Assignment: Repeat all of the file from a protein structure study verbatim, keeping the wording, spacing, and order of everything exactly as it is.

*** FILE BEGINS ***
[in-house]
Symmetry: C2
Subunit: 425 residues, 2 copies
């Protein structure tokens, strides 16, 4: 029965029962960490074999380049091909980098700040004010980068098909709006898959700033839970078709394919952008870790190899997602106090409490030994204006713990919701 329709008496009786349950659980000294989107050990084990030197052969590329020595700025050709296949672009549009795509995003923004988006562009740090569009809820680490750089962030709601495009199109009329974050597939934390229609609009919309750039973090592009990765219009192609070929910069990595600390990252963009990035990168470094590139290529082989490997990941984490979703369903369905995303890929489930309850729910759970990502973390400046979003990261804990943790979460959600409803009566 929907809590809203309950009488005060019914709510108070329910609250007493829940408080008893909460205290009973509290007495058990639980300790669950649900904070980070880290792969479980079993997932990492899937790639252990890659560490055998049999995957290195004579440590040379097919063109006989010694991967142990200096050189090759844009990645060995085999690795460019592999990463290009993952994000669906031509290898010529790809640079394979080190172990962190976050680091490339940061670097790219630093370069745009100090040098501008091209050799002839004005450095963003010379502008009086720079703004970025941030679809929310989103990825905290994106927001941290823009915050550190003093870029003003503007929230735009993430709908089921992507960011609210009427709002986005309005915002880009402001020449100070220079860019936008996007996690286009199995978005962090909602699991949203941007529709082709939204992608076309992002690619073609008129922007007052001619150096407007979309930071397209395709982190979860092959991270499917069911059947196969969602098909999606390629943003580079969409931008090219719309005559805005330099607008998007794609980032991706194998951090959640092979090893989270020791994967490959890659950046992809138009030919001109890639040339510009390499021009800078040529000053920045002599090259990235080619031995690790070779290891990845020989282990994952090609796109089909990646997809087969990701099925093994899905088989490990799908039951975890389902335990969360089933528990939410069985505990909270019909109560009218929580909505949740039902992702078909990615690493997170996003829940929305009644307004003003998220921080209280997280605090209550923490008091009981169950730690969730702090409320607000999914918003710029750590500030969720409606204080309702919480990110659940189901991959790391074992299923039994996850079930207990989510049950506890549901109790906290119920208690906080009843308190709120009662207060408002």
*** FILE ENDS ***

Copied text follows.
[in-house]
Symmetry: C2
Subunit: 425 residues, 2 copies
């Protein structure tokens, strides 16, 4: 029965029962960490074999380049091909980098700040004010980068098909709006898959700033839970078709394919952008870790190899997602106090409490030994204006713990919701 329709008496009786349950659980000294989107050990084990030197052969590329020595700025050709296949672009549009795509995003923004988006562009740090569009809820680490750089962030709601495009199109009329974050597939934390229609609009919309750039973090592009990765219009192609070929910069990595600390990252963009990035990168470094590139290529082989490997990941984490979703369903369905995303890929489930309850729910759970990502973390400046979003990261804990943790979460959600409803009566 929907809590809203309950009488005060019914709510108070329910609250007493829940408080008893909460205290009973509290007495058990639980300790669950649900904070980070880290792969479980079993997932990492899937790639252990890659560490055998049999995957290195004579440590040379097919063109006989010694991967142990200096050189090759844009990645060995085999690795460019592999990463290009993952994000669906031509290898010529790809640079394979080190172990962190976050680091490339940061670097790219630093370069745009100090040098501008091209050799002839004005450095963003010379502008009086720079703004970025941030679809929310989103990825905290994106927001941290823009915050550190003093870029003003503007929230735009993430709908089921992507960011609210009427709002986005309005915002880009402001020449100070220079860019936008996007996690286009199995978005962090909602699991949203941007529709082709939204992608076309992002690619073609008129922007007052001619150096407007979309930071397209395709982190979860092959991270499917069911059947196969969602098909999606390629943003580079969409931008090219719309005559805005330099607008998007794609980032991706194998951090959640092979090893989270020791994967490959890659950046992809138009030919001109890639040339510009390499021009800078040529000053920045002599090259990235080619031995690790070779290891990845020989282990994952090609796109089909990646997809087969990701099925093994899905088989490990799908039951975890389902335990969360089933528990939410069985505990909270019909109560009218929580909505949740039902992702078909990615690493997170996003829940929305009644307004003003998220921080209280997280605090209550923490008091009981169950730690969730702090409320607000999914918003710029750590500030969720409606204080309702919480990110659940189901991959790391074992299923039994996850079930207990989510049950506890549901109790906290119920208690906080009843308190709120009662207060408002």